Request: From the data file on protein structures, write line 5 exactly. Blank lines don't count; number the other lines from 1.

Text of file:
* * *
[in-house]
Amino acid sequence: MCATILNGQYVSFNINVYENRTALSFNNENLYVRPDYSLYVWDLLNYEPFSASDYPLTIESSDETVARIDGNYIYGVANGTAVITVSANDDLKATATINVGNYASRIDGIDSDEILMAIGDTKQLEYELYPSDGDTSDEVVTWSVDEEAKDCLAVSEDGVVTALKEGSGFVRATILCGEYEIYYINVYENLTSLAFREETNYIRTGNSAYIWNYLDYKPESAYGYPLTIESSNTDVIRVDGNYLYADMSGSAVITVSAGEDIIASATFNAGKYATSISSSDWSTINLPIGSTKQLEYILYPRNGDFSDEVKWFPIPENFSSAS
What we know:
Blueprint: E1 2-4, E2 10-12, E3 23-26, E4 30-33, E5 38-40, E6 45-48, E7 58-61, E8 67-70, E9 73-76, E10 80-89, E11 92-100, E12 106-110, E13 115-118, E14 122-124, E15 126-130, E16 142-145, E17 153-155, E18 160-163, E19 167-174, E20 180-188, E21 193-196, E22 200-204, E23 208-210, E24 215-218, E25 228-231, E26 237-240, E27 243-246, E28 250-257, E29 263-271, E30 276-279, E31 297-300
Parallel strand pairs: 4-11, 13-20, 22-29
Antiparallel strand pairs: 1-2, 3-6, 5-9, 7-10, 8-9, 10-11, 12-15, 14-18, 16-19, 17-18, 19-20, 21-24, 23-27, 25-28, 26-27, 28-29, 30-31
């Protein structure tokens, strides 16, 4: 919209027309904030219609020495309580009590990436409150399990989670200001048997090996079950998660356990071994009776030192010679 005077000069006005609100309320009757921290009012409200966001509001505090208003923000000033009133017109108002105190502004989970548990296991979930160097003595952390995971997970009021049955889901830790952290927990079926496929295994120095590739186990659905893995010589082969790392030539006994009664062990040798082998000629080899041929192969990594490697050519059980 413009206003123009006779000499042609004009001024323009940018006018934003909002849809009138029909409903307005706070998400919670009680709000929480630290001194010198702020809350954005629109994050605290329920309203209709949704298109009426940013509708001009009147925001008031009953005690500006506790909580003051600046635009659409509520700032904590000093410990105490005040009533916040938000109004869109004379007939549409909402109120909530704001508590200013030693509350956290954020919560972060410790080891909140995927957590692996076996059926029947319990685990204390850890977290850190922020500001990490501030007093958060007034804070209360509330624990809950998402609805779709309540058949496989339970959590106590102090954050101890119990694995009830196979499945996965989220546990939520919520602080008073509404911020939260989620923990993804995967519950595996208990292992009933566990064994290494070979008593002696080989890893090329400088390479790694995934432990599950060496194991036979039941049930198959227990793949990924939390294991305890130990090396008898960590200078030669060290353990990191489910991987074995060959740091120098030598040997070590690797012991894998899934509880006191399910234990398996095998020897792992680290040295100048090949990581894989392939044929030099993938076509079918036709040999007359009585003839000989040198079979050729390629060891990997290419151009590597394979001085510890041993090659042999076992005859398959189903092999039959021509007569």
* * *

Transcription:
Parallel strand pairs: 4-11, 13-20, 22-29